Additionally, when studying the effects of meditation on the brain, brain-imaging studies have shown that meditation increases frontal cortex activity. The frontal lobe of the brain is responsible for, among other things, emotional expression, problem solving, and judgement.

More Gratitude
Gratitude is a feeling of gratefulness for gifts and blessings. By practicing gratitude, we’re sharpening our attention towards the good in our lives. We see and appreciate everything around us that’s positive.

Prayer helps you maximize gratitude by helping you reform your thoughts, much in the way that mindfulness does. We can surmise that regular prayer for religious followers may help them feel more clear-minded and able to concentrate on what’s positive.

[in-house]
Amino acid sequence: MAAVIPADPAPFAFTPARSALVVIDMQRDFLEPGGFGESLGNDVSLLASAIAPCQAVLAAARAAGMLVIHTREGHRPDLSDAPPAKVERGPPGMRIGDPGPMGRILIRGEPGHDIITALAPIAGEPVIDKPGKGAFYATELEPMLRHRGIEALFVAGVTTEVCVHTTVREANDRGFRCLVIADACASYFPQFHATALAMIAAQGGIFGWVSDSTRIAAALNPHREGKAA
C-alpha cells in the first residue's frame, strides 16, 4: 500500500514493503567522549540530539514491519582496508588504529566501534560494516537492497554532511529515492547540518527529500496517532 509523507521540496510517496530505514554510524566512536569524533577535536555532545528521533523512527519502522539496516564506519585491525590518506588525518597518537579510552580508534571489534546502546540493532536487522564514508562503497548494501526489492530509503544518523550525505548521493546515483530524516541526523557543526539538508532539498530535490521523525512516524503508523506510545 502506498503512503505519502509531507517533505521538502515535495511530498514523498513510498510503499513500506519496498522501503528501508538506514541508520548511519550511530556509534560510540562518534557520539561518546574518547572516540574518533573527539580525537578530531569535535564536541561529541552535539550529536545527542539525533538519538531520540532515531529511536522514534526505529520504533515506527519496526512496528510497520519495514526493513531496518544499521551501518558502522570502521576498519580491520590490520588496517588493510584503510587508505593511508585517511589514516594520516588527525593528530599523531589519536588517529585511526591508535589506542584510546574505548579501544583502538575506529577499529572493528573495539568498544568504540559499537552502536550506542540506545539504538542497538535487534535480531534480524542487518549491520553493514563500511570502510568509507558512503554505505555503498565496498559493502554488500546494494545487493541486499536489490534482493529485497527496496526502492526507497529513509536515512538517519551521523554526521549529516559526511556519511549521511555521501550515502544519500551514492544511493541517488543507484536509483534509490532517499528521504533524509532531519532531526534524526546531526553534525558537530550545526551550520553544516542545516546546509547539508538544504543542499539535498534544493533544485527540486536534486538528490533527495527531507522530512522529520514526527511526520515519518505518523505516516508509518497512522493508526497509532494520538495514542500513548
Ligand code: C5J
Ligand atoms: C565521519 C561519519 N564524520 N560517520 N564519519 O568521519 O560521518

Gratitude is also a feeling that we choose; we can choose to be grateful, or we can choose to be ungrateful. By utilizing prayer to concentrate on blessings or mindfulness to concentrate on the good in our lives, we help keep our mind distracted from negative thoughts. Both techniques help you appreciate the moment in which you’re living.

When your life is busy with work and family, it can feel impossible to make time for either mindfulness meditation or prayer. But even five minutes a day will make a difference over time, as your steady practice of quiet contemplation will help you learn to redirect your thoughts and focus your attention.

 

If you’re looking for guidance and direction on how to become more mindful through prayer, give our office a call today. One of our specially trained staff will be more than happy to help.

How Meditation Can Help Manage Symptoms of Trauma

November 27, 2018